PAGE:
Little Tricks How To Get The Best Results In Writing

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Denise Alicea

This blog was created by Denise in September 2008 to blog about writing, book reviews, and technology. Slowly, but surely this blog expanded to what it has become now, a central for book reviews of all kinds interviews, contests, and of course promotional venue for authors, etc

Little tricks how to get the best results in writing

If writing is your passion and you want to become a writer, you have to learn how to become a good one. What you write should communicate your amazing ideas in compelling and interesting ways and make people want to read more. Sounds perfect right? But how can you achieve this? Well, there are some little tricks that you can try to come up with thrilling pieces of writing.

1. Get clear

Before you sit down at your table and start writing, ask yourself ‘Why am I writing?’. Knowing what you want to achieve and your outcome for a particular piece of writing will give you a fair apprehension of what to write. Do you want to brighten someone’s morning? Do you want to motivate someone? Do you want to make people laugh? Your writing should have only one clear intention.

2. Get to the Point

If you struggle to get to the point, stop for a moment and think about the people that you are writing for. Find the answers to these three statements, and you will be back on track: The reason why I am writing is…, What I want to know is…, What I want my readers to know is… . For a start, you can look at some essay examples on and how they are structured. You might get some good ideas.

3. Write From Your Happy Place

Did you ever notice that when your are stressed, sad, nervous angry or anxious, and you try to force yourself to write, the results are disastrous? Studies show that reaching a relaxed, happy state is the secret to creativity on command. When you’re happy, your body is flooded by dopamine. This is the moment when most of the A-HAs happen and when the best ideas pop out. Think what gets you into your happy place and go for it. Take a nice shower. Eat some ice-cream. Listen to energizing music. Light a scented candle. Whatever it works for you, do it, and then go back to writing.

4. Give Yourself a Time Limit

Procrastination is what we all fear of. The longer you spend on a piece of writing, the boring and worse it gets. Give yourself a time limit, let’s say 1,000 words in 2 hours, to keep yourself from going into the analysis-paralysis state. You can also try the Pomodoro technique. Work in 25-minute chunks followed by a 5-minute break.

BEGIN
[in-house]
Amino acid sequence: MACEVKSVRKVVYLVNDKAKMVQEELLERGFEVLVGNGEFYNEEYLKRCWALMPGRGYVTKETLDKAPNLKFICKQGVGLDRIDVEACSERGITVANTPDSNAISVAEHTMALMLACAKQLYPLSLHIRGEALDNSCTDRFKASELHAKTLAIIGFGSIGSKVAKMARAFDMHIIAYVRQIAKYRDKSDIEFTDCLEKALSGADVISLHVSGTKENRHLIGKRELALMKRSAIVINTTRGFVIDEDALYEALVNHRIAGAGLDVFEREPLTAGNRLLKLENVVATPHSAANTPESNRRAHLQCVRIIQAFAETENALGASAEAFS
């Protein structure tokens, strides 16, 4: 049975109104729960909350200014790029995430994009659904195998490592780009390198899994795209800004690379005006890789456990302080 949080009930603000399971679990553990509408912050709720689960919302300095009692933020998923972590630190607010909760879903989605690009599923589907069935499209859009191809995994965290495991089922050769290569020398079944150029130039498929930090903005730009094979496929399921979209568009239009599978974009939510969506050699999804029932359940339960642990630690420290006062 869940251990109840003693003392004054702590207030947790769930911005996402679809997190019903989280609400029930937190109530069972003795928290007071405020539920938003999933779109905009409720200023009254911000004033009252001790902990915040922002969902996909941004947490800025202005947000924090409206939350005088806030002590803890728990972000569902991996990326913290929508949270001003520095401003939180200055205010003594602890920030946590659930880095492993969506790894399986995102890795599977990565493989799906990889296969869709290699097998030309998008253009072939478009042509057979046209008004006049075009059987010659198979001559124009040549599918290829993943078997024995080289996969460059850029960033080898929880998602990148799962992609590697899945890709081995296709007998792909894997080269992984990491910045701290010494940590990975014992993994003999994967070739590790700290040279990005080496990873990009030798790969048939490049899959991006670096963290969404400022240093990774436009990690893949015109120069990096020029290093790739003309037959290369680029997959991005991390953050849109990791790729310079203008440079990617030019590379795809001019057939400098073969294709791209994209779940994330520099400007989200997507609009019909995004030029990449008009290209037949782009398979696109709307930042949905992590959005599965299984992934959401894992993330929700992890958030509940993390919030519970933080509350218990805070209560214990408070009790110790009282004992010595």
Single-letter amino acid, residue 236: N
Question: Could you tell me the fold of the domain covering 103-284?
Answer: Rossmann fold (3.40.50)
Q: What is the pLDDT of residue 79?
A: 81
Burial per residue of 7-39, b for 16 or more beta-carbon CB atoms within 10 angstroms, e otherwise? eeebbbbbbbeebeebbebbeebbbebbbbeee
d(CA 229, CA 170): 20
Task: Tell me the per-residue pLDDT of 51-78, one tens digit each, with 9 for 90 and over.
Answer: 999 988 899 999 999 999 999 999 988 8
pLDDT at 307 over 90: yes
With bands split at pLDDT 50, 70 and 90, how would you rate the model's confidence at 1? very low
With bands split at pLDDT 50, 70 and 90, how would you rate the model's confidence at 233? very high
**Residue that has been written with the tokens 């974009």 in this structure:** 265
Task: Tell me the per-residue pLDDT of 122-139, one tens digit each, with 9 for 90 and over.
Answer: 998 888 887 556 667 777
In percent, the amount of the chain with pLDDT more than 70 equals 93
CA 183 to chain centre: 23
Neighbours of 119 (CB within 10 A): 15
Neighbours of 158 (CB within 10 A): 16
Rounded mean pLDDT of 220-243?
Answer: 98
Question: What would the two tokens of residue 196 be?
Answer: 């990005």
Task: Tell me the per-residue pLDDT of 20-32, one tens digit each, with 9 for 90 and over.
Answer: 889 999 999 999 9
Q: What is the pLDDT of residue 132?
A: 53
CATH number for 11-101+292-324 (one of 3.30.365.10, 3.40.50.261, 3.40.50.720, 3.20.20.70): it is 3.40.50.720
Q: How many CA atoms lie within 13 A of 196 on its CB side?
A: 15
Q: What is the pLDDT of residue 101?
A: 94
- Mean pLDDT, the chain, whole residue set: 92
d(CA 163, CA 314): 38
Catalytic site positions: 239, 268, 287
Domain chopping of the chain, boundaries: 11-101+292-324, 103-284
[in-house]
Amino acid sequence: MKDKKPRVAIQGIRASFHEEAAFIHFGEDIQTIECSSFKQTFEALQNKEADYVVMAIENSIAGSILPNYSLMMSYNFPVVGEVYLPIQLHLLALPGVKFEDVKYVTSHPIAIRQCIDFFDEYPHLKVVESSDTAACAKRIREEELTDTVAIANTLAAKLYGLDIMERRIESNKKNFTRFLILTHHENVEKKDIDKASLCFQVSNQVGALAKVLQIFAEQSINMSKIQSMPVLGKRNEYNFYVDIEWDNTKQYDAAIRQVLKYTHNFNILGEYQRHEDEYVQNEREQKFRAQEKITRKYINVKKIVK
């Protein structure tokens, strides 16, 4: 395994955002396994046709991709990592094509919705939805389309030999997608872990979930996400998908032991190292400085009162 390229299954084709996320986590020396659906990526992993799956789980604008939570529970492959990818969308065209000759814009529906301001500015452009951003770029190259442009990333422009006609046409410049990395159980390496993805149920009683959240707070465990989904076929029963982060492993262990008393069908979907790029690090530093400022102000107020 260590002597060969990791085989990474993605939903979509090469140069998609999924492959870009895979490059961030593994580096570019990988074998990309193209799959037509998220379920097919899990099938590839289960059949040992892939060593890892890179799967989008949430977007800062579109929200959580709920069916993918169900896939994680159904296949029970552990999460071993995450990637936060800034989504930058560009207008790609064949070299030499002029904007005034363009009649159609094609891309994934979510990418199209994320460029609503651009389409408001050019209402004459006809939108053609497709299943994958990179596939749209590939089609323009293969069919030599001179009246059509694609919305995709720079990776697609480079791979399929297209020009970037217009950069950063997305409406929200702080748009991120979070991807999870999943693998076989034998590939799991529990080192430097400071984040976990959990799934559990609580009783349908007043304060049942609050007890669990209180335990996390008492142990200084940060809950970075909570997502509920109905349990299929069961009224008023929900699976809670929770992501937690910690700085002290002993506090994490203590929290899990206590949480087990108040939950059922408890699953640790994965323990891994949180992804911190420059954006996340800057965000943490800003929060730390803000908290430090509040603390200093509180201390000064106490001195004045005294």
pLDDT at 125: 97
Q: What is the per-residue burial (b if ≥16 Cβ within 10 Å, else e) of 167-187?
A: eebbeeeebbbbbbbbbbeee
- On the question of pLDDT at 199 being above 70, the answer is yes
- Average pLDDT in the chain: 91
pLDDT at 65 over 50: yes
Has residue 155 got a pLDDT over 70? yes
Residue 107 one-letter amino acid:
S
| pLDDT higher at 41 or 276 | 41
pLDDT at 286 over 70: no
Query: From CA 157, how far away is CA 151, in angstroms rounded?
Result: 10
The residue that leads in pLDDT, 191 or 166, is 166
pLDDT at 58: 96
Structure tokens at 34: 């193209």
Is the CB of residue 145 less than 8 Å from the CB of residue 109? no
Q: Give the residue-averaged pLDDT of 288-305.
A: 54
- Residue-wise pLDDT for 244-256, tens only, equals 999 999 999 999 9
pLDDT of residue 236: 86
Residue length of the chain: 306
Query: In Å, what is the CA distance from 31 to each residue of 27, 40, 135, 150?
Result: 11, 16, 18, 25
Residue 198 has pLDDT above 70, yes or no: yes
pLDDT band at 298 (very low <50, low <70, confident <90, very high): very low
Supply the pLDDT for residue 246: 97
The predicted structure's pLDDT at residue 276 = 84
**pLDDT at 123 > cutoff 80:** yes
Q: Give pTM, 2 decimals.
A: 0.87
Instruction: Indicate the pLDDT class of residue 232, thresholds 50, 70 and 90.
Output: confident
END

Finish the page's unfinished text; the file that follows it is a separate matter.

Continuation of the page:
5. Think what your hero would write

If you struggle with a sensitive piece of writing where you have to get the right emotional tone, think of one of your personal heroes. How would Hemingway write about this situation? What would Charlotte Bronte say?

6. Read it Out Loud

Read what you wrote out loud. Does it sound as you want it to? Does it have the human touch and the emotions that you want your readers to feel? Do you lose yourself in long sentences? Hearing yourself uttering those words can help you see things that you usually don’t when you read in your mind.

5. Talk it through

Most people get stuck when writing because they are not used to it. Writing is not yet a habit for you, that is why each time you sit down to write you agonize over each word and sentence choice until you’ve beaten the poor piece of writing to death. Before you give up on wiring forever, try to chat with a friend, talk things out. Most of the great thinking and ideas come while moving, so why just sit down and expect inspiration to simply hit you? Go for a walk, talk, record your thoughts. If you do not want people to think that you are crazy, put one earphone in your ear, with the voice recorder on and just pretend you talk to someone.


Whoever tells you that writing is easy, is a liar. Indeed, it gets better in time, just like any other habit, but at the beginning, you will want to quit a hundred times. Use the tips mentioned in this article, write regularly and just watch how your words will become sentences, then paragraphs, then stories, then entire books. You’ll get better at this and you will grow more confident as you begin to know yourself and find your style.


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